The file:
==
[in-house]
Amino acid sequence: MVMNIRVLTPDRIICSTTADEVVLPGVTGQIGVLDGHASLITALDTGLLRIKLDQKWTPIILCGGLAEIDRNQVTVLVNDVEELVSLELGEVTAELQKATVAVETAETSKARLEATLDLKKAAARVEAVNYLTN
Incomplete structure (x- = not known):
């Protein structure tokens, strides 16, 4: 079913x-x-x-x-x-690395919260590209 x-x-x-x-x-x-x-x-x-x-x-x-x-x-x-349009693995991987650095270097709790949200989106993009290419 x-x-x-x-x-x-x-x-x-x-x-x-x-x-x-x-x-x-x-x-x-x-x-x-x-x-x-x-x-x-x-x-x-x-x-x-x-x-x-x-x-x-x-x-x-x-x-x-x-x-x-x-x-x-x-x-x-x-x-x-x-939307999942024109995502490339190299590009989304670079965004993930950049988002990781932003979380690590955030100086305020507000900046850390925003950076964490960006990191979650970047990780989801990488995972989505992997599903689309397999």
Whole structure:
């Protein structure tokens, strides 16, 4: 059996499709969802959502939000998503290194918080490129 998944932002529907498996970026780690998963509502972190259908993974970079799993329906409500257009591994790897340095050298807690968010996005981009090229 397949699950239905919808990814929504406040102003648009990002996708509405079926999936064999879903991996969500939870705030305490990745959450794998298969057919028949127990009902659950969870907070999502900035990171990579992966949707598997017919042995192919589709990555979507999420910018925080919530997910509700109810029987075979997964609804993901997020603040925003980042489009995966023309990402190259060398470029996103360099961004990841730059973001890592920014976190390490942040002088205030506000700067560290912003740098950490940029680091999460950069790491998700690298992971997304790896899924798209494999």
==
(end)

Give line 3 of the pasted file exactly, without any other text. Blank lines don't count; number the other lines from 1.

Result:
Incomplete structure (x- = not known):